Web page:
One of the first trials I observed involved a frustrated landlord who was trying to get rid of a tenant for being a general pain in the wah-wah. The problem was not so much over delinquent rent as constant arguments about a variety of issues.
The landlord was tired of trying to resolve these never-ending conflicts and was just ready for the tenant to leave. The landlord told the judge, “I was gonna give her another chance until I found out drugs were being sold there–then I was done with her.”
“Do you have any proof that drugs were being sold there?” the judge asked.
Now this might sound like a tricky one. How do you prove that a tenant is using your unit for such illegal activities? Short of having very clear and indisputable video footage of multiple transactions happening at your location? (Don’t forget, even a video didn’t convince some people about R. Kelly’s golden showers.) One thing to show good faith that you didn’t just make up a false accusation on the spot to try to swing the case in your favor is if you have at the very least called the police in the past to investigate an alleged pharmaceutical entrepreneur in the act.
Even though the landlord’s accusation seemed sincere, the judge caught her off guard. “No, I don’t have proof,” the landlord said defensively. “But she knows drugs were being sold there. She can tell you.”
Note to self: “WTF???” Apparently caught up in the emotion of the moment and throwing all logic out the window, I could not believe the landlord offered that brilliant suggestion with a straight face. Obviously I wasn’t the only one because a collective chuckle rose up in the courtroom. The judge, however, was not amused.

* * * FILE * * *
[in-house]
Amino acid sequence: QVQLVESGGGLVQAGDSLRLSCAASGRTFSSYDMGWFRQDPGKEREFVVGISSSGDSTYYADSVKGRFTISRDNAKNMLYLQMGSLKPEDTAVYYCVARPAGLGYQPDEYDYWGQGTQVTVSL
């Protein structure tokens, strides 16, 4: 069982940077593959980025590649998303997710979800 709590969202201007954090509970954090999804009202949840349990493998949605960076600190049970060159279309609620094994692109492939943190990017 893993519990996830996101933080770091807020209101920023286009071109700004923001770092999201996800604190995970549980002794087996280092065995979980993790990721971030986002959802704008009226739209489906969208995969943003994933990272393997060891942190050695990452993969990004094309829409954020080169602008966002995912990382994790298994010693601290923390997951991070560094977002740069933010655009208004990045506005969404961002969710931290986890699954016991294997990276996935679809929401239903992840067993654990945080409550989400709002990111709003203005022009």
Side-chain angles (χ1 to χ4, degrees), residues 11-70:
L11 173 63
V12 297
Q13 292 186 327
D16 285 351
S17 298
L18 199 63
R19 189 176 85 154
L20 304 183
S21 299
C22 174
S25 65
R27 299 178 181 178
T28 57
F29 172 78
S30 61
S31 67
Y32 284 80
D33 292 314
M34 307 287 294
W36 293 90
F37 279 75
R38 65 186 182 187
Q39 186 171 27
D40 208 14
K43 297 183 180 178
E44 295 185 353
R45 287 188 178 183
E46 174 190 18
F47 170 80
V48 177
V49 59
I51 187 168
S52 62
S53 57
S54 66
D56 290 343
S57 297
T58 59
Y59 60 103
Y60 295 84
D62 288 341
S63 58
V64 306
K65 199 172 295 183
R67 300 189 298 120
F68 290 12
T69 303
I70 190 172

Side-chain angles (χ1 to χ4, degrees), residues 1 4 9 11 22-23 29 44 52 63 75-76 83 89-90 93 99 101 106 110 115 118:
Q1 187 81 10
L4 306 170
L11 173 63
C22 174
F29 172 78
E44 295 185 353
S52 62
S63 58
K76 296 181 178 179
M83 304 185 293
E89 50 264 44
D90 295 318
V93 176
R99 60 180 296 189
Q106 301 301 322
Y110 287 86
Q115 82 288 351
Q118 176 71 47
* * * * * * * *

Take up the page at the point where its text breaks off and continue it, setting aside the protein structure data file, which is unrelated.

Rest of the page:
“You’re asking her to admit to illegal activity?!” the judge frowned. “That’s not gonna happen.”
The landlord tried another tactic. “Well she cussed me out, too. What about disrespect?!”
The judge said, “’Disrespect’ is not a lease violation. Just because you guys don’t like each other is not a reason to throw her out. You can choose not to rent to her again.”
The judge then attempted to try to understand the tenant’s/defendant’s side of the story. It quickly became clear why the landlord was having trouble interacting with this individual. Not only would the tenant cut in when the landlord was speaking, the tenant also talked over the judge. The best movie-style one liner of the day was when the judge yelled, “If you keep interrupting me, it’s NOT gonna be good for you!”
After several simple questions from the judge and several impatient answers from the tenant, the tenant really showed her attitude. She exclaimed, “Judge, could we just have the trial?!! Because me and you arguing back and forth like this is not working for me!”
The judge yelled back, “This IS the trial!”
I did not expect eviction court to be such a comedy show but this stuff was better than going to Second City. The ruling in this case surprised me, though. Even though the tenant was disrespectful to both the landlord AND the judge, the judge ruled in the tenant’s favor! The judge said the landlord did not have enough documentation to present a strong case.
Let that be a lesson to you, noble landlords. You could be 100% honest and fully justified in all your righteous indignation. You could also stand across the aisle from a rude, obnoxious tenant who shows blatant contempt to both you AND the judge. But if you don’t bring in enough valid proof to support your claims you’re tying the judge’s hands—and shooting yourself in the foot. Be prepared and never expect a tenant to build your case for you. Even though I could tell the judge wanted to put this tenant out, judges have a legal obligation to show impartial fairness–even to jerks—if the burden of proof is not supported. In the end, I do believe I’m grateful for that.
- Realtor Sonia’s great 3-minute summary “Tips on How to Evict a Tenant in Chicago | The Eviction Process“
- “Woman Facing Eviction Goes Off On Tenant-Landlord Dispute” A 3-minute news clip of an unfortunate situation involving a Madison, Wisconsin landlord who tried to help a Chicago family avoid homelessness. She was forced to start an eviction instead. LANDLORDS, NEVER LET KINDNESS CLOUD YOUR GOOD JUDGEMENT. ALWAYS practice good business sense and protect yourself, even when you try to extend a courtesy.
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